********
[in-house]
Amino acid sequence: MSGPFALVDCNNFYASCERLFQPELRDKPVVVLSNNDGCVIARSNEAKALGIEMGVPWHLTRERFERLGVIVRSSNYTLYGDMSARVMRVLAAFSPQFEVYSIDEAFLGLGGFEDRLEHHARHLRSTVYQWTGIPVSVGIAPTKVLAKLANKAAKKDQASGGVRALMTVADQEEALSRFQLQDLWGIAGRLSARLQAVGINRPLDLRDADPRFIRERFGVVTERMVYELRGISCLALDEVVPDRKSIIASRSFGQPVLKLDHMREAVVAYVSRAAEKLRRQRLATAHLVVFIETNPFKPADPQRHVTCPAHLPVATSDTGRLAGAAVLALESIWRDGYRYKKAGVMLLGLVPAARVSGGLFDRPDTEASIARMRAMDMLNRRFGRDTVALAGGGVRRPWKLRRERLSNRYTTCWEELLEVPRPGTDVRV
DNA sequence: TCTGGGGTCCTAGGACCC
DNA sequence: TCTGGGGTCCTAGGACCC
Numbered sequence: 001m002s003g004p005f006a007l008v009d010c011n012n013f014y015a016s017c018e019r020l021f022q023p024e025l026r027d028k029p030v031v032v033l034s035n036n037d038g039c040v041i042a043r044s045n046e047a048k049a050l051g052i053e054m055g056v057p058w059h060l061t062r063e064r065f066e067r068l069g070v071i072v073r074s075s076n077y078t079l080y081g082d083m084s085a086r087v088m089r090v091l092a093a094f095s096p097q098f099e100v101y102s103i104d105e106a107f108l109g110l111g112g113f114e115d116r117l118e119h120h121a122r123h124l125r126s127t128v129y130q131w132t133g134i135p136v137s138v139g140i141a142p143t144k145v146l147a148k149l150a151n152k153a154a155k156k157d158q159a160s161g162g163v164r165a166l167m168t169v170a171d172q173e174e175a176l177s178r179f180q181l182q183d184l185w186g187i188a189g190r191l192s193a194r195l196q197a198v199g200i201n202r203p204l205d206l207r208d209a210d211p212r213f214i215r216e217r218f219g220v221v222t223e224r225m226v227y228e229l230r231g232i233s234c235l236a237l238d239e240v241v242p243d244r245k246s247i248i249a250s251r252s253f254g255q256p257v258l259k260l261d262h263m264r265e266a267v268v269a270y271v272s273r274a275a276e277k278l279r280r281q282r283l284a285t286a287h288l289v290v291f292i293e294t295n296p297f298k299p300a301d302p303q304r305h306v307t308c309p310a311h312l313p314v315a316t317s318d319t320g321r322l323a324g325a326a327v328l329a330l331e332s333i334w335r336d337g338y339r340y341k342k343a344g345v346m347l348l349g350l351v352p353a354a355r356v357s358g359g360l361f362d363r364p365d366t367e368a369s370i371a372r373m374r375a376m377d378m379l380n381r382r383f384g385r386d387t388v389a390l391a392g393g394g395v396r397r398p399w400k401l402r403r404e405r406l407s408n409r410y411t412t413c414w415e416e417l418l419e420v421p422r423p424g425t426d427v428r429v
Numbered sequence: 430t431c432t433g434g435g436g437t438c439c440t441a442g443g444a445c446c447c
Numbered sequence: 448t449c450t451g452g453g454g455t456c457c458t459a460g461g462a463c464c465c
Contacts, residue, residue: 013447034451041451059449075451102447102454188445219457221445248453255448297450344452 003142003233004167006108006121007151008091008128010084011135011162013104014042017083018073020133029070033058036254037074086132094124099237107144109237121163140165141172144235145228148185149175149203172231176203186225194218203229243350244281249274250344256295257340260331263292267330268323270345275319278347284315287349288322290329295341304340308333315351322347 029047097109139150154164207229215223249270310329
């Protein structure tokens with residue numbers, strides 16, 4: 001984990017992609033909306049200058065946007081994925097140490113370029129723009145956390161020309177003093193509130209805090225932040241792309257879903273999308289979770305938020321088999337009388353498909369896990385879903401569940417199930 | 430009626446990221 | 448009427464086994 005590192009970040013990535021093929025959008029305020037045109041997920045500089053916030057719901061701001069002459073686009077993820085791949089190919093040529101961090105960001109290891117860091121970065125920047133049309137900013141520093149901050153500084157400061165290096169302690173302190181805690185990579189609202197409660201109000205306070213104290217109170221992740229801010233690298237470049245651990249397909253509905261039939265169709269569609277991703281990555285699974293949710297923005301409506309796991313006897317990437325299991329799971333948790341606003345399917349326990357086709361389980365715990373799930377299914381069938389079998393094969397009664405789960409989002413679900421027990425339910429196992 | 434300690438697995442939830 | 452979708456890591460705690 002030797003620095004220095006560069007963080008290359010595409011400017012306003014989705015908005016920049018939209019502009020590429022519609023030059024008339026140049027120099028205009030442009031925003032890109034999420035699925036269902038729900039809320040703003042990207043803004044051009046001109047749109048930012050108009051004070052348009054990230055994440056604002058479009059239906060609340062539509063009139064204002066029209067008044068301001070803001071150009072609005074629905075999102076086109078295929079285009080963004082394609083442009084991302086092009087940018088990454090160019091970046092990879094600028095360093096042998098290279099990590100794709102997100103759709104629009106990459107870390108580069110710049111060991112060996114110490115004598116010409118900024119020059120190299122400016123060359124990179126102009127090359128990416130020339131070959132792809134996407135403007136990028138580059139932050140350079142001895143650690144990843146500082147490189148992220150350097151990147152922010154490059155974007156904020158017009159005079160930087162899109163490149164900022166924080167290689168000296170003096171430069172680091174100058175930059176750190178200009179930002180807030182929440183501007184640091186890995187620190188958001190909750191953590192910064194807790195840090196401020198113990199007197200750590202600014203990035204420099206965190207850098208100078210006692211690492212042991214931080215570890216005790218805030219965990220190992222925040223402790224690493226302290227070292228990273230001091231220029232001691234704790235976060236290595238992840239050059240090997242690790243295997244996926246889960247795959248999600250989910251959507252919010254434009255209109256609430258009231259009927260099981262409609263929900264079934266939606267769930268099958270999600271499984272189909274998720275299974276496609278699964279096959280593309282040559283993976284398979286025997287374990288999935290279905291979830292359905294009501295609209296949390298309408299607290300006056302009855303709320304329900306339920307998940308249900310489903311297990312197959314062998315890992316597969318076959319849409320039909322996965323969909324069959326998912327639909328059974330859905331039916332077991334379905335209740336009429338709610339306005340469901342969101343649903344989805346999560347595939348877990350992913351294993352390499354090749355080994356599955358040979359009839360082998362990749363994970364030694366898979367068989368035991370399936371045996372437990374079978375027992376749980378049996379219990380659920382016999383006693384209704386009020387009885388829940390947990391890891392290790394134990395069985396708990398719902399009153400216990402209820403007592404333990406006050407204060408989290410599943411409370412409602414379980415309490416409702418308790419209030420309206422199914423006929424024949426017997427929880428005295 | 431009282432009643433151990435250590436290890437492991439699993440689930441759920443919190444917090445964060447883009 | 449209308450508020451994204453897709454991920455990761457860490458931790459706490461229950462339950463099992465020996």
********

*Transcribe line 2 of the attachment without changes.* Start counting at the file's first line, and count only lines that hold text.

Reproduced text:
Amino acid sequence: MSGPFALVDCNNFYASCERLFQPELRDKPVVVLSNNDGCVIARSNEAKALGIEMGVPWHLTRERFERLGVIVRSSNYTLYGDMSARVMRVLAAFSPQFEVYSIDEAFLGLGGFEDRLEHHARHLRSTVYQWTGIPVSVGIAPTKVLAKLANKAAKKDQASGGVRALMTVADQEEALSRFQLQDLWGIAGRLSARLQAVGINRPLDLRDADPRFIRERFGVVTERMVYELRGISCLALDEVVPDRKSIIASRSFGQPVLKLDHMREAVVAYVSRAAEKLRRQRLATAHLVVFIETNPFKPADPQRHVTCPAHLPVATSDTGRLAGAAVLALESIWRDGYRYKKAGVMLLGLVPAARVSGGLFDRPDTEASIARMRAMDMLNRRFGRDTVALAGGGVRRPWKLRRERLSNRYTTCWEELLEVPRPGTDVRV